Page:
The Indian economy grew by 8.4% in the third quarter, surpassing its pre-pandemic level, as vaccination increased and services activity returned to normal following the devastating second wave of the pandemic in the second quarter.
Gross domestic product (GDP) growth averaged 13.7 percent in the first half of the fiscal year, helped by a good base. As a result, most economists now predict that growth in FY22 would be around 9-10 percent.
While talking to the reporters, Chief Economic Adviser to the finance ministry, Krishnamurthy Subramanian, said, “India is likely to have double-digit growth in FY22, 6.5-7% next year and over 7% thereafter.”
Despite Recovery, Concerns Are Still There
According to data released by the statistics department, the farm sector increased by 4.5 percent in the September quarter, raised by a favorable monsoon, while the manufacturing sector grew by 5.5 percent due to a surge in festive demand.
As states reduced covid limitations among services activities, construction, trade, hotel, and transportation, financial and real estate services rose at 7.5 percent, 8.2 percent, and 7.8 percent, respectively. Government spending increased at a faster rate in the second quarter, at 17.4 percent. Despite the improvements, private consumption and investment remain low.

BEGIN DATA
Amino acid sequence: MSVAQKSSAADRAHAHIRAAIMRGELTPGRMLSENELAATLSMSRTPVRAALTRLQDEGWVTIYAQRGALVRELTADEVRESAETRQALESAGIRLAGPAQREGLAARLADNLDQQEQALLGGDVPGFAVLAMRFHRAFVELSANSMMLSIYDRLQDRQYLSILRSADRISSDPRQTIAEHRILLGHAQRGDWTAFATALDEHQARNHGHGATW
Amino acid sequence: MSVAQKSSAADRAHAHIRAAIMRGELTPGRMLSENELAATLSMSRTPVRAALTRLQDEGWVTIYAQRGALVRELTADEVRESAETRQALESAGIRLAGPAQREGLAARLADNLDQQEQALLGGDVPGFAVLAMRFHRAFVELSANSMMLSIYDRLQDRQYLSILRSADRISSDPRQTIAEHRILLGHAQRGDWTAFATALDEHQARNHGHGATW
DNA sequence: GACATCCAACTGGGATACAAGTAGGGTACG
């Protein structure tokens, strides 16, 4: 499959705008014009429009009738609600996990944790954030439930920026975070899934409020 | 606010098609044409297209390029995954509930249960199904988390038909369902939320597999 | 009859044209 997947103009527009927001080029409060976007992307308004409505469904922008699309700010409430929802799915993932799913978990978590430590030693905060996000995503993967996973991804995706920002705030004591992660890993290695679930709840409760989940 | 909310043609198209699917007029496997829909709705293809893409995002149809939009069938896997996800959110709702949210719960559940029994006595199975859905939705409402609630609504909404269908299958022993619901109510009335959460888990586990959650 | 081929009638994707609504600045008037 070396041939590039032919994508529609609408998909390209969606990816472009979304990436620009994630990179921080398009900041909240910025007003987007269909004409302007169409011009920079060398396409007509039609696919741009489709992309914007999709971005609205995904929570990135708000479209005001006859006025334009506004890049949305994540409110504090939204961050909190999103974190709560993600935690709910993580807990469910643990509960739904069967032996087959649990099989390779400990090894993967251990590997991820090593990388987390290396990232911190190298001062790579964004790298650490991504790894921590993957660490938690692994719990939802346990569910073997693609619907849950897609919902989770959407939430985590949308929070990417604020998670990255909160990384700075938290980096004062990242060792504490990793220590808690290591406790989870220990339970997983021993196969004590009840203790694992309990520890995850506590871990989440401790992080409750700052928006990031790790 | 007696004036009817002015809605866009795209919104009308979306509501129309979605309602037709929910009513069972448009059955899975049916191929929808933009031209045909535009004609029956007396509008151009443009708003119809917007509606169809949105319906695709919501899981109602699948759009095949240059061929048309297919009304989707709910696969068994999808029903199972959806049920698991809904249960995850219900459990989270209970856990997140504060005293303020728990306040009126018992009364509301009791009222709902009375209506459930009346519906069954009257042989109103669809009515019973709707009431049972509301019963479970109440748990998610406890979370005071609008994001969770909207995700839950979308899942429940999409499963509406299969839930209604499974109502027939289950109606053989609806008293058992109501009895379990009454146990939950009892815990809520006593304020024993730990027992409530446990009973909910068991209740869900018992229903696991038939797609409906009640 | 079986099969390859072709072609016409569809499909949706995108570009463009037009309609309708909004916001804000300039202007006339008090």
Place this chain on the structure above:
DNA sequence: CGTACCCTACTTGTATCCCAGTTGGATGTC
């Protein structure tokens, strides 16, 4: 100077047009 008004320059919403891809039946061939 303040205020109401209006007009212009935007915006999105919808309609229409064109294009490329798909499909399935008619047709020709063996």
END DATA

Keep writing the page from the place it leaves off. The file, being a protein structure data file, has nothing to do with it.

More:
“Even if the pace of recovery is sustained in the next two quarters, India’s GDP for the year is expected to be only marginally higher than that in FY20 (by around 2%),” Care Ratings stated in a research note.
Given that the domestic economy was already dealing with low demand and a slow-moving investment climate before the covid outbreak, Care Ratings expects a rebound in demand and investments to be modest and gradual.
- After a two-quarter decline last year, this is the fourth straight quarter of positive growth.
- The GDP print for Q2 FY22 demonstrates a significant improvement in private consumption expenditure.
- Agriculture benefited from a favorable monsoon, generating a consecutive 4.5 percent increase.
- Manufacturing increased by 5.5 percent, indicating a resurgence in local demand as well as solid exports.
- Construction, trade, hotels, transportation, and financial sectors all grew by 7-8 percent due to the unleashing.